In recent years, several well-publicized studies have reported that the rich really are different: they give less. There are exceptions, of course. Where would Santa Barbara nonprofits be without generous donors like Michael Towbes, Paul Orfalea, and many others?
Overall, however, the wealthy give a smaller percentage of their income (1.3%) to charity than the middle-class and low-income (3.2%). To shift that, philanthropists like Warren Buffett and Bill and Melinda Gates have challenged the rich to give away the majority of their wealth to charity through strategies like the Giving Pledge. Their hope is to excite the world’s wealthiest families—billionaires—with the impact they can make by investing in social change organizations. By making the Giving Pledge public, they hope to create a community of givers who will inspire and validate each other, as well as set a positive example for others to follow.
As a nonprofit seeking to maximize giving from all donors—and perhaps particularly the rich—your job is to understand why the rich don’t give as much as poorer citizens and help them to become more generous—and satisfied—givers. Here’s how you do that:
1. Show them the need.
Studies suggest that one of the primary reasons the rich don’t give as much as other people is because they are more isolated from need. When they are shown evidence—a video, a photo essay, or even a letter or newsletter account—of people in need, the wealthy respond just like other people—with generosity. Thus, one of the primary jobs of the fundraiser is to compellingly inform wealthy donors of the needs in their community.
2. Show them solutions.
Donors want to be problem-solvers. They want to invest in solutions, not just sad faces. The needs of the world are daunting, so another part of your job as a fundraiser is to demonstrate that your organization is effectively addressing needs and making a difference. People love to back a winner; they want to invest in success.
3. Focus on outcomes.
It’s not enough to say that your organization served 200 kids in an after-school program. Donors want to know that because of your work, truancy rates, or gang violence, or teen pregnancy, is down; or test scores are up; or that the kids paid it forward by serving meals to the homeless. In other words, they want your work to have produced results and they want you to be able to quantify and articulate them.
One nonprofit doing an excellent job of communicating results is the Low-Income Investment Fund, whose website trumpets its accomplishments in a banner that rolls across the top of the home page. LIIF also publishes an annual report that graphically quantifies its success in words, stories, and bulleted facts. The annual report is not only mailed to donors and funders, it is also mailed to the media and prospective donors—reaching out to people who might be attracted by the organization’s success—and become donors. The annual report also lists its major donors—subtly encouraging readers to join that club, or up-level their gift.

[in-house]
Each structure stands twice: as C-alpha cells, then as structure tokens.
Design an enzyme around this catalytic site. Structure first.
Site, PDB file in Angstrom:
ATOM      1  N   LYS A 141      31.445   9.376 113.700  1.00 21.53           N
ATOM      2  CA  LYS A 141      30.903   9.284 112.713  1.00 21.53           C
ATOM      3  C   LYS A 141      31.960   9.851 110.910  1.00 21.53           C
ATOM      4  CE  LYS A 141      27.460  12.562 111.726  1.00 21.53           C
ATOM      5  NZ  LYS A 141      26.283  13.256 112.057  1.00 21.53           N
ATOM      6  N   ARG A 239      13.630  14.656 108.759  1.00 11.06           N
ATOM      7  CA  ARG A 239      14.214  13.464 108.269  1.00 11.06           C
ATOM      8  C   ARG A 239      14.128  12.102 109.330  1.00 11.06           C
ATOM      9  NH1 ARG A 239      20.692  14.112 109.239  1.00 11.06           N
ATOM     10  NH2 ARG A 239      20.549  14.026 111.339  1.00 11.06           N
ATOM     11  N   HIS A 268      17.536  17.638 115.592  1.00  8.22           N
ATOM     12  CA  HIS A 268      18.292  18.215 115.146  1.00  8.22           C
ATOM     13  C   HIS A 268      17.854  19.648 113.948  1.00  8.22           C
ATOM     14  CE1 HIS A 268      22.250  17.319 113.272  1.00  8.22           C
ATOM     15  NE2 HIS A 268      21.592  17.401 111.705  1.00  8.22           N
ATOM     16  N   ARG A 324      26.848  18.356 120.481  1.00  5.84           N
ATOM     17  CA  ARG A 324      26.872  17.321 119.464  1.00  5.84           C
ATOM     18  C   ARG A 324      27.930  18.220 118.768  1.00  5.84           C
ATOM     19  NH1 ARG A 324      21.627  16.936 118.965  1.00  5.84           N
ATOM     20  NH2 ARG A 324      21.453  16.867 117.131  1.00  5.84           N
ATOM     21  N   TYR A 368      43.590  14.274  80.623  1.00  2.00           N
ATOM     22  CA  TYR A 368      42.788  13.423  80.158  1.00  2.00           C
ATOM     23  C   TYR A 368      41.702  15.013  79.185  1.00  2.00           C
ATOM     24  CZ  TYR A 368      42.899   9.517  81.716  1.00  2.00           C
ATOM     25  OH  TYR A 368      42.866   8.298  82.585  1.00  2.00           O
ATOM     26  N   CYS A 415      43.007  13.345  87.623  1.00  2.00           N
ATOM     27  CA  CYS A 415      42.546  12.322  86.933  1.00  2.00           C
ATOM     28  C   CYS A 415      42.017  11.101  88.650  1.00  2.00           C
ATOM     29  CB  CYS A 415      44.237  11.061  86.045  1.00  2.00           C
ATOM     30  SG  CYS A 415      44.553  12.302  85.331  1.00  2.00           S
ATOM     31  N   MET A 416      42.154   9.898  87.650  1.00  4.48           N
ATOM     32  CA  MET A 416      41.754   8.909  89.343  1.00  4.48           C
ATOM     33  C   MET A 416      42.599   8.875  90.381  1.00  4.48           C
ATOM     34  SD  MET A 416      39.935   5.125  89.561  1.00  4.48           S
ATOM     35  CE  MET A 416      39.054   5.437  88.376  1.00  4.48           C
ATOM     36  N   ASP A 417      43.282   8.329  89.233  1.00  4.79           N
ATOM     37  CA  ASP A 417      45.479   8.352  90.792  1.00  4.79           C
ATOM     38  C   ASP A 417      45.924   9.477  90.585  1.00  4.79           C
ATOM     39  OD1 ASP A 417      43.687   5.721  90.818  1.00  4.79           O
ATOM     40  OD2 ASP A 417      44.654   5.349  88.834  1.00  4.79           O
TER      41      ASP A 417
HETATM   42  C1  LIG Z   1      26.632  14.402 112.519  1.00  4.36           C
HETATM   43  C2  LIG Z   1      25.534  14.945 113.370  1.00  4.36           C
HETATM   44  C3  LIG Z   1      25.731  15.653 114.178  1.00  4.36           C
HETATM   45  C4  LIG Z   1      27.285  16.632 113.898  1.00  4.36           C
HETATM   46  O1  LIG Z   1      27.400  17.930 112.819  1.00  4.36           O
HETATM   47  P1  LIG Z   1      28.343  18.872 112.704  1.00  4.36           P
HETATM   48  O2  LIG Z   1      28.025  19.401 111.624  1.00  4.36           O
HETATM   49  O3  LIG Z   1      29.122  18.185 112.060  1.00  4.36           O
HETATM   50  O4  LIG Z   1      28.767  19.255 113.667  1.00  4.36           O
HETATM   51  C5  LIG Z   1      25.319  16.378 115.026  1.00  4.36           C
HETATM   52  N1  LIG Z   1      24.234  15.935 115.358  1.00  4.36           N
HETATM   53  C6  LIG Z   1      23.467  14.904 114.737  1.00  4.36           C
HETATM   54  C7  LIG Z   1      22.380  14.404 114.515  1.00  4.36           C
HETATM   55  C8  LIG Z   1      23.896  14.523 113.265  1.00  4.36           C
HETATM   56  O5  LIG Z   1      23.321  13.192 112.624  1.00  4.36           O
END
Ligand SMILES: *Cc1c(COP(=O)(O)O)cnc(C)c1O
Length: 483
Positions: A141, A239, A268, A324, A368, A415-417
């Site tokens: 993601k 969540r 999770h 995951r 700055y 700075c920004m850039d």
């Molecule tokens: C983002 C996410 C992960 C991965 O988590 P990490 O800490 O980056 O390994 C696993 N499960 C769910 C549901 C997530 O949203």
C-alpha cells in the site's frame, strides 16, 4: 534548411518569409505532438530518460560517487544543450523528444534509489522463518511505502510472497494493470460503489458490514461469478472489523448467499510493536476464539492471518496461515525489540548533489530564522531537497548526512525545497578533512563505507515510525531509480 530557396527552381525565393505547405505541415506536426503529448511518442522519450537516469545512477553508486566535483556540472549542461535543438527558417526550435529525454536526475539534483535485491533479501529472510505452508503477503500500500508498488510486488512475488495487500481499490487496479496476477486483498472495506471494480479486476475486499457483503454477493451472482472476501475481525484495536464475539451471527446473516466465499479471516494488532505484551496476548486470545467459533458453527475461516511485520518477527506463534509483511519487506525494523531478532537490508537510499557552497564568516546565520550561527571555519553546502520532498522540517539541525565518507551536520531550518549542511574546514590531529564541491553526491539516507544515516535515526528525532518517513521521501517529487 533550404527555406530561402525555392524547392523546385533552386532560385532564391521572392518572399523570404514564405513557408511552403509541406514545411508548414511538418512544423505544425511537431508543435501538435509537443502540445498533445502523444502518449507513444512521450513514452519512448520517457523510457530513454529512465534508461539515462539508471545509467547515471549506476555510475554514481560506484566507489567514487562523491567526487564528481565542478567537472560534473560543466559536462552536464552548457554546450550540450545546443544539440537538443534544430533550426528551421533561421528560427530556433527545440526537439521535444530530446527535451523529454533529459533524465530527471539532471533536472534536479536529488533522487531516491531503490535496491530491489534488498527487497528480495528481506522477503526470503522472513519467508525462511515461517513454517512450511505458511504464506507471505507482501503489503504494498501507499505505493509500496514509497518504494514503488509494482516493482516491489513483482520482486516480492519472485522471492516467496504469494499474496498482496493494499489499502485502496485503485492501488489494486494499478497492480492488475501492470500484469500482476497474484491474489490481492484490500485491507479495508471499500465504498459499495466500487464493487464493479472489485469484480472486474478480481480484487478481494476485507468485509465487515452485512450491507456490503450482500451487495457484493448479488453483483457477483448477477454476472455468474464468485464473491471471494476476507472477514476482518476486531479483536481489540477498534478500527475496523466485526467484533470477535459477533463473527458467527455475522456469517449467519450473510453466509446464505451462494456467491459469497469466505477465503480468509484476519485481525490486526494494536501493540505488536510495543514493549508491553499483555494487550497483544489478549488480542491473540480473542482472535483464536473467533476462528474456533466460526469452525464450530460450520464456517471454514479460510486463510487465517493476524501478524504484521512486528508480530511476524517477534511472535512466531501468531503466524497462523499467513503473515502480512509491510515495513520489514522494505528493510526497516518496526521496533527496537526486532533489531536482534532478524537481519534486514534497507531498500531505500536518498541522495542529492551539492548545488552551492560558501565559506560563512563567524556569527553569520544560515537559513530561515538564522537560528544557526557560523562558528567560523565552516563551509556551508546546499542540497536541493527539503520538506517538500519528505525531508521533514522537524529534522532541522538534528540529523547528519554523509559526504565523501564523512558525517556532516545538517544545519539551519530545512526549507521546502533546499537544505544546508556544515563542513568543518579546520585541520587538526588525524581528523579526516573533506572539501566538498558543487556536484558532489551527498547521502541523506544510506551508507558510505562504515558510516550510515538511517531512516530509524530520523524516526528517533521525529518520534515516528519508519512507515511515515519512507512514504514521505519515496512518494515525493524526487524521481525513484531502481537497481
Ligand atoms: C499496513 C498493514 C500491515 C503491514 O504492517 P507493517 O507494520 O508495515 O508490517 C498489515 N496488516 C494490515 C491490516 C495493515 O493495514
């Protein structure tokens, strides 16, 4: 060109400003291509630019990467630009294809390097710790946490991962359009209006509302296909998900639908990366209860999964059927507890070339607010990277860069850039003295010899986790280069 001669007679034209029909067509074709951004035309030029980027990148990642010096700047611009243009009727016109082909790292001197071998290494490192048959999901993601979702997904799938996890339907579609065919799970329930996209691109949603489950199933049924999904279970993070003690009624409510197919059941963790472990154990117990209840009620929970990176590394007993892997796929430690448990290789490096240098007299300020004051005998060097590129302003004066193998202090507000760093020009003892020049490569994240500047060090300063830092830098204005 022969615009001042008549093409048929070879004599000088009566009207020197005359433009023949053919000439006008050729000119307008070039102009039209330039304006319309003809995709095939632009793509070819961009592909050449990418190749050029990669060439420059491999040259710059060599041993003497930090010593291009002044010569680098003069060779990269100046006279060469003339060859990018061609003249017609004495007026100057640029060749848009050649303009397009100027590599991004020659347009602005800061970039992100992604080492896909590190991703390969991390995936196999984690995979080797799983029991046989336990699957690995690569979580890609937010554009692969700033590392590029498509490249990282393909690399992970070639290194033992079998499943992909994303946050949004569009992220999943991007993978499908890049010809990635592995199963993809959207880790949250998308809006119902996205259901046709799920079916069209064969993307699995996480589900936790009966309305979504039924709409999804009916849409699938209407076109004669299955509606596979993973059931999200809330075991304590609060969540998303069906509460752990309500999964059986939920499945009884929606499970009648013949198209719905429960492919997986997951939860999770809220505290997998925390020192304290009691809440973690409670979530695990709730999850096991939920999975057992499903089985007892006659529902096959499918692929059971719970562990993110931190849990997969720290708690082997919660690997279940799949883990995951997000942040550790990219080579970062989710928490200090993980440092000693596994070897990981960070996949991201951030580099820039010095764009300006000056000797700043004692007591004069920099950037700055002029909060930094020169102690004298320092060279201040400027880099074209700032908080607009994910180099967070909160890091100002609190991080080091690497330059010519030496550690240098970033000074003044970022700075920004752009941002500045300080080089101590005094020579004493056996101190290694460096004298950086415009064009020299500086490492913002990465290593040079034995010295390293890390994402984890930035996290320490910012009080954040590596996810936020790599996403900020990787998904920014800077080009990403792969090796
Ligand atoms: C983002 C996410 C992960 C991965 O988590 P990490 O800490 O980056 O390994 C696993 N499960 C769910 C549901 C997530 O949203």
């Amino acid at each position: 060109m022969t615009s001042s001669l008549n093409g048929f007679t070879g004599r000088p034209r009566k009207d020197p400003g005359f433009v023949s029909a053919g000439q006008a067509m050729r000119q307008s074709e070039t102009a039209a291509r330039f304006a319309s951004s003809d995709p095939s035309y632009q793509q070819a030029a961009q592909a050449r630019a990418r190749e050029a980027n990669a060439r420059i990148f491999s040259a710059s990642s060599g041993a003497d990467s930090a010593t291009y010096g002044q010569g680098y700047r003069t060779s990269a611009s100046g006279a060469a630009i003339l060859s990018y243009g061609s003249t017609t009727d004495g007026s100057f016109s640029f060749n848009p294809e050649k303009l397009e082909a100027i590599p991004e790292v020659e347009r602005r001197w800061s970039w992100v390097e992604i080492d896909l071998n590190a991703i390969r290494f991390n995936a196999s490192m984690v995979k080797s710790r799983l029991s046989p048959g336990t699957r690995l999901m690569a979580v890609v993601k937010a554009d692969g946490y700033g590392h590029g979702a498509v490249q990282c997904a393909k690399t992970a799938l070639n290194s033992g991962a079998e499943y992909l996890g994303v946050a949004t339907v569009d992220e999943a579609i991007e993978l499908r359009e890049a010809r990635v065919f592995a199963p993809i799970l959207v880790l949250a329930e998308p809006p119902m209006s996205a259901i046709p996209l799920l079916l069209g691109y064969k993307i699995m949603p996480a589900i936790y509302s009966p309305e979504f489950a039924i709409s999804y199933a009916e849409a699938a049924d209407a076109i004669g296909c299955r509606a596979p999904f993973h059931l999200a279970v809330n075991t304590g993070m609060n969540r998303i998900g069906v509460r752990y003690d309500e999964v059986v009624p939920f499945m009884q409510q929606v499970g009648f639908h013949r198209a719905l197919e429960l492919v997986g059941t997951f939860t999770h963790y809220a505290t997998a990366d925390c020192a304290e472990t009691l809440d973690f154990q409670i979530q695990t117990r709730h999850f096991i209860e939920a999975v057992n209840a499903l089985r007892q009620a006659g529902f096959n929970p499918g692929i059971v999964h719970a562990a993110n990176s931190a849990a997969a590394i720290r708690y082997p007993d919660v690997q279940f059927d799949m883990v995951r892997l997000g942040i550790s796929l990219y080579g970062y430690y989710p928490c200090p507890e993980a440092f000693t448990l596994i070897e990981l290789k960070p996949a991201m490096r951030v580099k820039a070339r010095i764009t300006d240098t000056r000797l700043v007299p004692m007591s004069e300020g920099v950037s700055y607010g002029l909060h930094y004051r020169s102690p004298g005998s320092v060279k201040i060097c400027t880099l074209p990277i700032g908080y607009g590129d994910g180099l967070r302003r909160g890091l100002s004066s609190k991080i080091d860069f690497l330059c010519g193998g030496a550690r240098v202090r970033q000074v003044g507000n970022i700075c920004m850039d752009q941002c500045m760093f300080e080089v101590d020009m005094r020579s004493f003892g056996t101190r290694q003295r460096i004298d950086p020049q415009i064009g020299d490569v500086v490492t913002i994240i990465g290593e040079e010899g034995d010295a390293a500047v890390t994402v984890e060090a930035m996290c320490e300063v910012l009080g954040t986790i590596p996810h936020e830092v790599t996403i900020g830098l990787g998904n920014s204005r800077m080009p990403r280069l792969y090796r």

4. Make donors your partners.
Younger donors and donors whose money comes from successful entrepreneurship, rather than inheritance, want to give to organizations that respect their skills and are open to their advice. This means taking the time to get to know your wealthy donors and ask them for their feedback. It will also mean adopting their suggestions or having a darn good reason for failing to.
5. Overcome their resistance.
Partnering with donors gives you access to the way they—and their peers—think. One of the most valuable pieces of information they can share with you is what got in the way of their involvement previously. What obstacles did you (already) overcome to win their participation, and what obstacles may still exist in the minds of others? Once you understand where the disconnect lies, it’s far easier to find a way to cross it.
An outstanding example of a piece that works to overcome donor resistance was produced for KNOW-HIV, an AIDS education initiative, by documentary filmmaker Doug Pray. The PSA follows a woman who “isn’t all that concerned about AIDS,” until a trip to El Salvador shatters her misconceptions and transforms her resistance to advocacy. Sponsored by Viacom and Kaiser Permanente, the PSA was seen by millions of viewers and earned the filmmaker and the agency, Seattle-based DDB, an Emmy for Best PSA of 2006.
6 . Give them meaningful recognition.
Not everyone wants a plaque or a luncheon. Some may even consider them a waste of their precious gifts. If you know your donors, you will know what recognition is meaningful to them and act accordingly. Increasingly you’ll find that what donors want most is for you to make effective use of the funds they’ve entrusted to you; that you say thank you at least once a year when you send them their receipt for tax-deduction purposes; and that you include them appropriately when you are thanking other donors. But if your donors are your partners, you’ll know what they want, right?
Alchemy On Demand